Thursday April 17, 2014 at 9:00am, 50-75 people gathered in the San Bernardino Land Use Service Department building, Planning Division. The mission: ‘SAVE THE SUMMER CONCERTS’ and secure a C.U.P. (Condition Use Permit).
Lake Arrowhead has a population of 12,424, an elevation of 5,108ft, lake size is 782 acre’s, is home to 50 shops and 12 restaurants. The Lake Arrowhead Village has provided musical entertainment for 89 years, beginning in 1925. For decades residents and visitors alike have become accustomed to the summertime event that draws their friends and families back year after year. As of now the Village hosts 17 weekends of FREE concerts on Friday and Saturday nights from 6:30 to 8:30pm. Concerts begin from early May and end on Labor Day weekend. These are then followed by 5 weeks of Oktoberfest festivities on Saturday’s and Sunday’s from 1:00 to 5:00pm, beginning in mid-September and ending late October. Live music is played at both events. In fact, Lake Arrowhead has managed to get some of the top cover bands to play on their ‘Center Stage’, paid in part by the Lake Arrowhead Village Merchants.
What led the Lake Arrowhead Village before the Planning Division Counsel?
NOISE. It was stressed that this hearing was not to be based on economic impacts, but solely on “environmental pollution”. In the music world there is a logarithmic unit called a Decibel: The decibel is a logarithmic unit used to express the ratio between two values of a physical quantity, often power or intensity. One of these quantities is often a reference value, and in this case the decibel can be used to express the absolute level of the physical quantity (Sourced on Wikipedia). This Decibel according to San Bernardino County has a high limit enforcement code for residential areas of 55 db’s from 7am -10pm, and 45 db’s from 10pm-7am.
In the past, the village concerts exceeded those county standards and music could be heard from across the bay. At times music could be heard throughout Arrowhead Woods due in part to the extreme mountain topography, carrying sound throughout the valleys. Sound waves that traveled furthest came from drum bass and high frequency pitches such as an electric guitar. In 2012 and in previous years, the concerts went until 9:30pm and would occasionally have encores until 10pm. Not many residents complained during this time, but a few did surface and gained momentum after a formal complaint had been filed by one opposing party.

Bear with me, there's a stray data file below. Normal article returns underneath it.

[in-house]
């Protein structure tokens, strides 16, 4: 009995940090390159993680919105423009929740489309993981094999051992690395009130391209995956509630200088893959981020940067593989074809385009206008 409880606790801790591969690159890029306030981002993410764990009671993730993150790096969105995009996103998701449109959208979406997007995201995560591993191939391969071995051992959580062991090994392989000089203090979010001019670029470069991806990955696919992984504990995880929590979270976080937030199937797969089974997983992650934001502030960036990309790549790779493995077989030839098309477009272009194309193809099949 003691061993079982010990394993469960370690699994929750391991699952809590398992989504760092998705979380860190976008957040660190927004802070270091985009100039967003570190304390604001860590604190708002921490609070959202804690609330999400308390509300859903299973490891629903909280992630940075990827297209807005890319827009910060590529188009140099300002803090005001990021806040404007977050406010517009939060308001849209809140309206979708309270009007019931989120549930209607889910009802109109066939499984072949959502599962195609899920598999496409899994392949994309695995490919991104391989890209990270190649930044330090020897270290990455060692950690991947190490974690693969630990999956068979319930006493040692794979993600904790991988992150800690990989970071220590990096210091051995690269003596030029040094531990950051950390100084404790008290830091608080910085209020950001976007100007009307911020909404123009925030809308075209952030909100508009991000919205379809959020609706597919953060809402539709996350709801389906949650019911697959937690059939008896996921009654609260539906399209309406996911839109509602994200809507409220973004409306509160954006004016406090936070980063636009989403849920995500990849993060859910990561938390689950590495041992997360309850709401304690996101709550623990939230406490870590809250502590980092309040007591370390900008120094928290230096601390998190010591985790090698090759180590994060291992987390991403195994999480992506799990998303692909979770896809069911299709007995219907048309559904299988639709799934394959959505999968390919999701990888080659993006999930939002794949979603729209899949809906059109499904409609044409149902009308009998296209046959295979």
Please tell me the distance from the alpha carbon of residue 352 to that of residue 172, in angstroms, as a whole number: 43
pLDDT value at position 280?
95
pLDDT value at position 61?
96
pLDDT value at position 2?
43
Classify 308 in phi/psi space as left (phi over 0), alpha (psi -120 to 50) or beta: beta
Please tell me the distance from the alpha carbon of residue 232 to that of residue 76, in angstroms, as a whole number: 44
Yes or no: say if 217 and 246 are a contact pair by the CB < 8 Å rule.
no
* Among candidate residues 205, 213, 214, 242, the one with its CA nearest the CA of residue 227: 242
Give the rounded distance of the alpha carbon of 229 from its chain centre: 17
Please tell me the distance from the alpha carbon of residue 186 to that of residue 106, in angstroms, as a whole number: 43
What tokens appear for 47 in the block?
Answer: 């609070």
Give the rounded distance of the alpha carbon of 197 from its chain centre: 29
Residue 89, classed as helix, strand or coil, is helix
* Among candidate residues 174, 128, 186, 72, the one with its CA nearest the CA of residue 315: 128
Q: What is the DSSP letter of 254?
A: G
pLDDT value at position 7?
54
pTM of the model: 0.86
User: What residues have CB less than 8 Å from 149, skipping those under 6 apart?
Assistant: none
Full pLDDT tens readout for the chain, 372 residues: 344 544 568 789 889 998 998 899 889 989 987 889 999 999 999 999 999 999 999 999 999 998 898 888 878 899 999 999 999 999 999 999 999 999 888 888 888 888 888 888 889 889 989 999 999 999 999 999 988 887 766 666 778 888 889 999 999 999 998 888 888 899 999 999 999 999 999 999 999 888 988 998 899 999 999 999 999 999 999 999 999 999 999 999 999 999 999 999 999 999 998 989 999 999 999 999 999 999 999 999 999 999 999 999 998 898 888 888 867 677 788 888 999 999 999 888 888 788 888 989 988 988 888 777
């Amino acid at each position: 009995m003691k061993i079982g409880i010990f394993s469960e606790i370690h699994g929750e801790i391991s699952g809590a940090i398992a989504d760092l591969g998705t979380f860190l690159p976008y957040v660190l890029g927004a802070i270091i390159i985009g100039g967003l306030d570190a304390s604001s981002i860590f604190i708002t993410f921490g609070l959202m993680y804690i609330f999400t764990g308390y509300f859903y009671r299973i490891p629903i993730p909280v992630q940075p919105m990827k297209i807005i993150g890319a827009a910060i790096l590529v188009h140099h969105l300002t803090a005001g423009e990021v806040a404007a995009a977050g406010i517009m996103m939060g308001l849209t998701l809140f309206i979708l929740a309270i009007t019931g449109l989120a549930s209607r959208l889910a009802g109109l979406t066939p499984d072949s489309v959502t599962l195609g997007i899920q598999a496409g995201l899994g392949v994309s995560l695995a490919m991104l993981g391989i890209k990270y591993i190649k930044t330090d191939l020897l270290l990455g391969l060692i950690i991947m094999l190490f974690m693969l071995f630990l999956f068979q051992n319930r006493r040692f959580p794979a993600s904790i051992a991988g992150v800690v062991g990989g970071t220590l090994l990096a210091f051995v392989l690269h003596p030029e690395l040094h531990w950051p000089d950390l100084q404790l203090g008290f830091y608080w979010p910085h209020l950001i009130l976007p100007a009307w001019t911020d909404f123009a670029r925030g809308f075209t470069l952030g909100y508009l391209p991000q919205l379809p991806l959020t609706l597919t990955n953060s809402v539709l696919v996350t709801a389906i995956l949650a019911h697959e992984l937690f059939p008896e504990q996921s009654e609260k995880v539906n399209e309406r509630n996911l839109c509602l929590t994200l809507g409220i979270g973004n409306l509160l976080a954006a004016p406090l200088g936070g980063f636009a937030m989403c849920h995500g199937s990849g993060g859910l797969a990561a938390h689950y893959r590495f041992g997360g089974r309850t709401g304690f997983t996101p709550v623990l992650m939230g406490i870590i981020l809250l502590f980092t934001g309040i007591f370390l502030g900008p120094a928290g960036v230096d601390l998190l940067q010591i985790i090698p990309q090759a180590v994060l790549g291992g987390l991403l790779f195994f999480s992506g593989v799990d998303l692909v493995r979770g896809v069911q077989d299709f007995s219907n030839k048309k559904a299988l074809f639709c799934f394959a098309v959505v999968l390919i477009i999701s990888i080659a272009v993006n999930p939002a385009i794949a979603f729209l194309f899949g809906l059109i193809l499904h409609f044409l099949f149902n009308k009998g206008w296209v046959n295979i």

How did this process begin?
In 2012 the Lake Arrowhead Village received a complaint from an opposing party. The complaint was regarding noise coming from the Lake Arrowhead Village Concerts which they perceived to be noise pollution. The opposing party also stated that their requests were not taken seriously by Lake Arrowhead Village management and so decided to take the issue to county courts. In court they argued Lake Arrowhead was supposed to be a place of serenity and that they could not sit outside or enjoy the quiet sounds of mountain environment at night. They also insisted that the concert noise disrupted their sleep and that of their children.
Where did this leave the Lake Arrowhead Village?
To save the concerts and obtain a permit, the village realized a need to personally make efforts in lowering sound levels. In 2013, village management worked diligently to see that sound db’s were within county limits. Multiple tests were employed throughout the concert season to insure all areas were within db compliance. Test readings were taken at multiple locations around the lake, concerts rescheduled to end at 8:30 sharp (a full 1.5 hours earlier than allowed), with no encores and no after concert music. Efforts were made to lower the volume and sound travel by re-arranging speakers and lowering bass volumes. After these changes were put in place and the new db measurements taken, all but one area was in compliance. That one area will now have acoustic blankets draped in-between two buildings preventing sound waves from reaching nearby condos.
Where is the Lake Arrowhead Village today?